Vivienne Westwood & Juergen Teller Exhibition - Celebrating a Decade-Long Collaboration

Tonight, around the corner from Trump Tower and its round-the-clock protestors, a different set of agitators will be assembling. Vivienne Westwood, the trailblazing designer-turned-outspoken climate change activist, set up shop at 14 East 55th Street earlier this year. To celebrate the U.S. flagship’s opening, Andreas Kronthaler, Westwood’s husband and the creative director of the brand, is hosting an exhibition of photographer Juergen Teller’s 10 years of rule-breaking campaigns for the label.

 

 Picture of the exhibition; Font: Vogue.com

 

Teller has long-running partnerships with other brands (Marc Jacobs, 17 years; Céline, since Phoebe Philo’s first collection circa 2010). What makes his relationship with Westwood and Kronthaler unique is the fact that he shoots both of them for the ads, an idea he came to them with. In his earliest portrait of Westwood, photographed for Paris Vogue circa 1993, the designer sports a choppy boy cut courtesy of Kronthaler, with platform shoes punctuating legs akimbo. It is utterly unlike the formal, Photoshopped designer headshots so often encountered in this industry. Candid, intimate, and riveting, it became a template for all of his portraits of Westwood that came after, including the sensational nudes he took of the flame-haired, porcelain-skinned then sexagenarian in 2009—Westwood is now 76.

 

Three Westwood nudes were the centerpiece of Teller’s 2013 ICA exhibition in London—at “three meters 40” wide, as he says, how could they not be? On the third and fourth floor of Westwood’s new Beaux Arts-era New York townhouse, the nudes are printed on magazine paper and fixed to the wall unframed, with simple stick pins. (For the record, there are no naked Kronthalers, although he does turn up shirtless in his Speedo in more than a few pics.)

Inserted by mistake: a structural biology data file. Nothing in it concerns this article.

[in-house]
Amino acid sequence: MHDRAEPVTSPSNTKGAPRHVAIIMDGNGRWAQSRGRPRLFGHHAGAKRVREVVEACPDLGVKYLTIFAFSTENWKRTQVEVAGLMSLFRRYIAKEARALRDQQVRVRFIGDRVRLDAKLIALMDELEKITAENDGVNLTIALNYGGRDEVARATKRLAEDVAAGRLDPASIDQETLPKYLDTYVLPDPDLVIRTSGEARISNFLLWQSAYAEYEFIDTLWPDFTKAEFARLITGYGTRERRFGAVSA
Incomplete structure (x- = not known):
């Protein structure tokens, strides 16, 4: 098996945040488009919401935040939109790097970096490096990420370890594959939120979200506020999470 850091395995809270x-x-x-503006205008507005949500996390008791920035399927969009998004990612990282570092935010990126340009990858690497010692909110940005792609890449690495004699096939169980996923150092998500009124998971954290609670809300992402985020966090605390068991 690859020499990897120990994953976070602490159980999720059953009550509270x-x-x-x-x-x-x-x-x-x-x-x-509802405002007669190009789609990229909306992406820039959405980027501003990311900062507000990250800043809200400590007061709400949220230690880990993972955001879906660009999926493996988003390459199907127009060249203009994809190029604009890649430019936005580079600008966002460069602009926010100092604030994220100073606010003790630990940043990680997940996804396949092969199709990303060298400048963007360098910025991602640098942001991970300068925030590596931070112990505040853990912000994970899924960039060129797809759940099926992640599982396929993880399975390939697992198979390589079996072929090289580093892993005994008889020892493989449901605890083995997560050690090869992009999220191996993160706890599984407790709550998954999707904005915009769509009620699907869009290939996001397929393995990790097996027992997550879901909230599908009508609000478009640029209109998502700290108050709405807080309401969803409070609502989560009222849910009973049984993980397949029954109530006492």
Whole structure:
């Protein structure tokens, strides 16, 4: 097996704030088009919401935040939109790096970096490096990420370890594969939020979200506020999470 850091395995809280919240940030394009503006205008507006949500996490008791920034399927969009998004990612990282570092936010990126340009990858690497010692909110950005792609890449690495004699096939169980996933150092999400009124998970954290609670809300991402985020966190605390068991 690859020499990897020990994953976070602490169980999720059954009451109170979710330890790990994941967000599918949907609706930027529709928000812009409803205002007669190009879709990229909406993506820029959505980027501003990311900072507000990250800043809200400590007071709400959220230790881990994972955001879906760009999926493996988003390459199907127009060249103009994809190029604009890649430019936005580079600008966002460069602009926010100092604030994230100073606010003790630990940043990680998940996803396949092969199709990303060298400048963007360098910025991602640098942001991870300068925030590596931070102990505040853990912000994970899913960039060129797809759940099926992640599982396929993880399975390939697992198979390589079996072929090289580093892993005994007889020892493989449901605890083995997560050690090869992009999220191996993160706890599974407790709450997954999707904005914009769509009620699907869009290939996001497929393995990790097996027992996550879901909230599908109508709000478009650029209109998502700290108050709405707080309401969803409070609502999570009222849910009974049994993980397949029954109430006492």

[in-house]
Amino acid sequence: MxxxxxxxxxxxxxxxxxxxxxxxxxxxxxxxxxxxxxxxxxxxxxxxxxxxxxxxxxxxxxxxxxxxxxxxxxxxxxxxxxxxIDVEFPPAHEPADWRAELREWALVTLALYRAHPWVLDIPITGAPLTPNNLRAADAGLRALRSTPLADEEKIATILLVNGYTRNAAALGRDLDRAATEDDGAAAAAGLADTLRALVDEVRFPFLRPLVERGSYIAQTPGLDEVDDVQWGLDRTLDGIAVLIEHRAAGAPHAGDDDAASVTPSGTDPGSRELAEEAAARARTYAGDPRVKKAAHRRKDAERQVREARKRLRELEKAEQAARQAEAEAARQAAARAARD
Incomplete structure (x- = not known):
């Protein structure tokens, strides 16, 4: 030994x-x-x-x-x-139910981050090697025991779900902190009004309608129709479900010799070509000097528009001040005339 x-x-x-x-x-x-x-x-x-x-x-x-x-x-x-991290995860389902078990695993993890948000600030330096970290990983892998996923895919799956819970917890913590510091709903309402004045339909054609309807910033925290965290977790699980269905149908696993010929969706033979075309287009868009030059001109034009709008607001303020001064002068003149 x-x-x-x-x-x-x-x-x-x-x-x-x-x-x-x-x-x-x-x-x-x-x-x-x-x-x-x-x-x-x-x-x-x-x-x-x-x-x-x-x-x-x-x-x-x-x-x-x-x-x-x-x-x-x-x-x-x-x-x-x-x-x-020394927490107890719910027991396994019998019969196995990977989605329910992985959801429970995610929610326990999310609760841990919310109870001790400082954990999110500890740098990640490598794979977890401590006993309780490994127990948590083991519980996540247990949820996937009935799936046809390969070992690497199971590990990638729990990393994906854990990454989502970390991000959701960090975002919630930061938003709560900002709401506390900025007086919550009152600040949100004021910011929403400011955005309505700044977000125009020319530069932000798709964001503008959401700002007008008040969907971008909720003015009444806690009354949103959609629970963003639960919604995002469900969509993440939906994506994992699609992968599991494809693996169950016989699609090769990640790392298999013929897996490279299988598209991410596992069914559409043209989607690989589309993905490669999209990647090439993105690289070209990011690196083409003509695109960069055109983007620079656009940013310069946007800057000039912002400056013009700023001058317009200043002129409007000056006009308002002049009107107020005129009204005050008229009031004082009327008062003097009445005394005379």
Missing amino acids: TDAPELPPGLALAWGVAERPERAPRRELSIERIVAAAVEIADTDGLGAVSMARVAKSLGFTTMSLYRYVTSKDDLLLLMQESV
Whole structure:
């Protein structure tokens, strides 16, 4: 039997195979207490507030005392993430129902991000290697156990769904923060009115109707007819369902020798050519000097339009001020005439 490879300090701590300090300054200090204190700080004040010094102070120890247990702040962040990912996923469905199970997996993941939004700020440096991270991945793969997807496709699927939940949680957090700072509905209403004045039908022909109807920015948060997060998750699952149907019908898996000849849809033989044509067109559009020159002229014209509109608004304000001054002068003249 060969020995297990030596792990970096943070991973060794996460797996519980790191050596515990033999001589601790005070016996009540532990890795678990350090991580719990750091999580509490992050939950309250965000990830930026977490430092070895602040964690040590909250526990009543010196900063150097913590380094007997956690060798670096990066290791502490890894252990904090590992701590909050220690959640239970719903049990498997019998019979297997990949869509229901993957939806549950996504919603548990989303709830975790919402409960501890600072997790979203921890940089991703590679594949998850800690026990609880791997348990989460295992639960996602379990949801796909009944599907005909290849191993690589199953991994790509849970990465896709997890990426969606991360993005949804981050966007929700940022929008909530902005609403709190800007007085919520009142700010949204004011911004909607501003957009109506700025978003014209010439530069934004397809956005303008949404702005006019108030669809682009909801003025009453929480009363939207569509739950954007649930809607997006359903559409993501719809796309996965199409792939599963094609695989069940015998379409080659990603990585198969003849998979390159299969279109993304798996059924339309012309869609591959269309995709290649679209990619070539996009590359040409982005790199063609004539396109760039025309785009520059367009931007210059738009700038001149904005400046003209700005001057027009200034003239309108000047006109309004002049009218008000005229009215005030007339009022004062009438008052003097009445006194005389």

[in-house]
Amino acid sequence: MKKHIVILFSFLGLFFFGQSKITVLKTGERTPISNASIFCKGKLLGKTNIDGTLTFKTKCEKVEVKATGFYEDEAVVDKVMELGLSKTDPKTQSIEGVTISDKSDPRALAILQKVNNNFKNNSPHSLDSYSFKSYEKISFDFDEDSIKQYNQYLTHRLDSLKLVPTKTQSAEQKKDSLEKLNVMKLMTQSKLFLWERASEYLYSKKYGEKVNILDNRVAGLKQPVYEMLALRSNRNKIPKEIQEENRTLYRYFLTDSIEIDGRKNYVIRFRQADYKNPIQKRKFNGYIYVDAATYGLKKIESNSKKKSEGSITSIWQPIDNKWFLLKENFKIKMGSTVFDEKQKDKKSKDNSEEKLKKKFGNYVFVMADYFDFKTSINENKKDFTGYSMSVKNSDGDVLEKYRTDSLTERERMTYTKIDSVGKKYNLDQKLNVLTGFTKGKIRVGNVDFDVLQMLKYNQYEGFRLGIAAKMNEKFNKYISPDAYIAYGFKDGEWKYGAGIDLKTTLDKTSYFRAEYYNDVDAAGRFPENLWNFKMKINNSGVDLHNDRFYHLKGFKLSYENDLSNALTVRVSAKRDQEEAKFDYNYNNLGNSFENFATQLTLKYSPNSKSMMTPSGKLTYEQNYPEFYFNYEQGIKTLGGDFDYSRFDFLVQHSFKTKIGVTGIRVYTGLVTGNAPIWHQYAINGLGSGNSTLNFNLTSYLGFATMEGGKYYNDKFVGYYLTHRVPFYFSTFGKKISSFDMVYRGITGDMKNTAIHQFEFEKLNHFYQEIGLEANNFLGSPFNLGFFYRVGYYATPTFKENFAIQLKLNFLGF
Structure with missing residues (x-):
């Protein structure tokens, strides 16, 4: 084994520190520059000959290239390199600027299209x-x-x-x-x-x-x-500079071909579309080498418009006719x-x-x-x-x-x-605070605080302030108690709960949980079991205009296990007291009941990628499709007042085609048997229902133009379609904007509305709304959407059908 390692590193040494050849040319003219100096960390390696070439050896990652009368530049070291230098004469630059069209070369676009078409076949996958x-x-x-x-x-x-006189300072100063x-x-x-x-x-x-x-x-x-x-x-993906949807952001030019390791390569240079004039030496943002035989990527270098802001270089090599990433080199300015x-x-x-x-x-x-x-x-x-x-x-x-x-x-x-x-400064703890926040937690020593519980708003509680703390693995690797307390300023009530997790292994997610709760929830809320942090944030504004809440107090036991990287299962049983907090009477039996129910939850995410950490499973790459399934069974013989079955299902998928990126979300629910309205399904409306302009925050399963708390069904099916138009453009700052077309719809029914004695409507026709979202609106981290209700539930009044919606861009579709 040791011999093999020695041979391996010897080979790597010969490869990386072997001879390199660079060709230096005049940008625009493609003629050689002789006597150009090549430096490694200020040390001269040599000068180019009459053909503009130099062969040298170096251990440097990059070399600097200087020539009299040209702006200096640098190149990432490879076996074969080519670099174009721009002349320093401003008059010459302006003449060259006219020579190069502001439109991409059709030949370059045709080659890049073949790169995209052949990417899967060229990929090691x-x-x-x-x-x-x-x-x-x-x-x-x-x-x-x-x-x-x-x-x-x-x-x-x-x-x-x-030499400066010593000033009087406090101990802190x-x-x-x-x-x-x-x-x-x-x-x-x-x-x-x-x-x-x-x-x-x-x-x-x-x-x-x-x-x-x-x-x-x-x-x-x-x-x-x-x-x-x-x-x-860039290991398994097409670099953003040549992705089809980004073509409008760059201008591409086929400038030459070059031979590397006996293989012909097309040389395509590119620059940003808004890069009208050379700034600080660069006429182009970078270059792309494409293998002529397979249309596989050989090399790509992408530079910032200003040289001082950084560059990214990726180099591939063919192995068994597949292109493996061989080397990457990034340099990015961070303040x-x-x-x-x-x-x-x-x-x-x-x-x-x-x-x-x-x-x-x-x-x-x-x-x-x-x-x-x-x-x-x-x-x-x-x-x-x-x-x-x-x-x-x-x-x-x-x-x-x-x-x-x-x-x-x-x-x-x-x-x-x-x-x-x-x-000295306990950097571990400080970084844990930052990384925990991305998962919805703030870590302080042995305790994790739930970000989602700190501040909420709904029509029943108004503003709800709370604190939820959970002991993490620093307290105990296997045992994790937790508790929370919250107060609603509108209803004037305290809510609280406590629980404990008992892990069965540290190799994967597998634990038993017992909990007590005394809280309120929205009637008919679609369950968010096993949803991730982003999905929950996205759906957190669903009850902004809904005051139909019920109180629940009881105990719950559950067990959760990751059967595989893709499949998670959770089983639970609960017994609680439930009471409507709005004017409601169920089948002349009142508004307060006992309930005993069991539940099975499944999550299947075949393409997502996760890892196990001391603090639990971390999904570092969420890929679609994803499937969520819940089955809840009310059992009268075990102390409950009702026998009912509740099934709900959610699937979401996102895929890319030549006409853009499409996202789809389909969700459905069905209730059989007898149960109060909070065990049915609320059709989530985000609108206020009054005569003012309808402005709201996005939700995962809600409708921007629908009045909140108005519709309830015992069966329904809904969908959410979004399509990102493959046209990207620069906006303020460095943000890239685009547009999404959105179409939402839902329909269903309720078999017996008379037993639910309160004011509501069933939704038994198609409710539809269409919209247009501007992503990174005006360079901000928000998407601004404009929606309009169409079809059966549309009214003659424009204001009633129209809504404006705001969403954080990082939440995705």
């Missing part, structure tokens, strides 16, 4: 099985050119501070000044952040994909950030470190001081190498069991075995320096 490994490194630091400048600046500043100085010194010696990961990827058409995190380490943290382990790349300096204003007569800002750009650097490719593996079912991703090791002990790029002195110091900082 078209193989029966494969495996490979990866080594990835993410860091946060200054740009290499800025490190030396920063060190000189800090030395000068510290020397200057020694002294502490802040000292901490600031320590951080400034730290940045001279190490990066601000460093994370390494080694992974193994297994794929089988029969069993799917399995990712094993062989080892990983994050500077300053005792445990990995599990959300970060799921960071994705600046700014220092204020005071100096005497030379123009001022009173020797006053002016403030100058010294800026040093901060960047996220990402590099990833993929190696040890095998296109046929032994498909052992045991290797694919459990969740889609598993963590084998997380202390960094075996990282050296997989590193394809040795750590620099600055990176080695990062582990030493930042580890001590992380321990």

“Unpretentious,” says Teller, nodding at the installation. “This is fluid and natural, and it shows how we work.” He continues: “I like people with conviction, who are in control of themselves. I’m not interested in working with a designer who hires a creative director… If we fuck up the shoot, we fuck up the shoot. For us it’s very effortless; it’s tiring, because they push me a lot, but it’s effortless.” Kronthaler seconds the notion, championing Teller’s spontaneity, friendship, and backhand. When they’re not working together, they sometimes play tennis and the photographer tends to win.

 

 Picture of the exhibition; Font: Vogue.com

 

As for the abovementioned agitating, Westwood is in between lectures in Berlin and London and will have to raise a glass remotely. But she did weigh in via email: “I know that Trump is the devil, but that doesn’t mean to say Obama’s a saint. The point is: You won’t change the President until you change the financial system. It’s a war economy—wars are fought for power, of course: land, raw materials, cheap labor. It’s a system designed to create poverty, climate change, and incredible waste, so that any profit is syphoned off by the 1 percent. The answer is a Green Economy which is based on the fact that what nature gives us free should not be privately owned—this means land, sky, and underground. This is my campaign as an activist. At the moment, I’m giving talks about culture, I would like to give them in America eventually—we would save ourselves if we had true culture in place of consumption. As a fashion designer, the best thing I’ve ever said is: ‘Buy Less, Choose Well, Make it Last.’”

 

Also, there will be living windows at the opening tonight, and we did see a Trump mask amidst the construction materials.

 

The exhibition is open to the public through mid-October.

 

Font: Vogue.com

 

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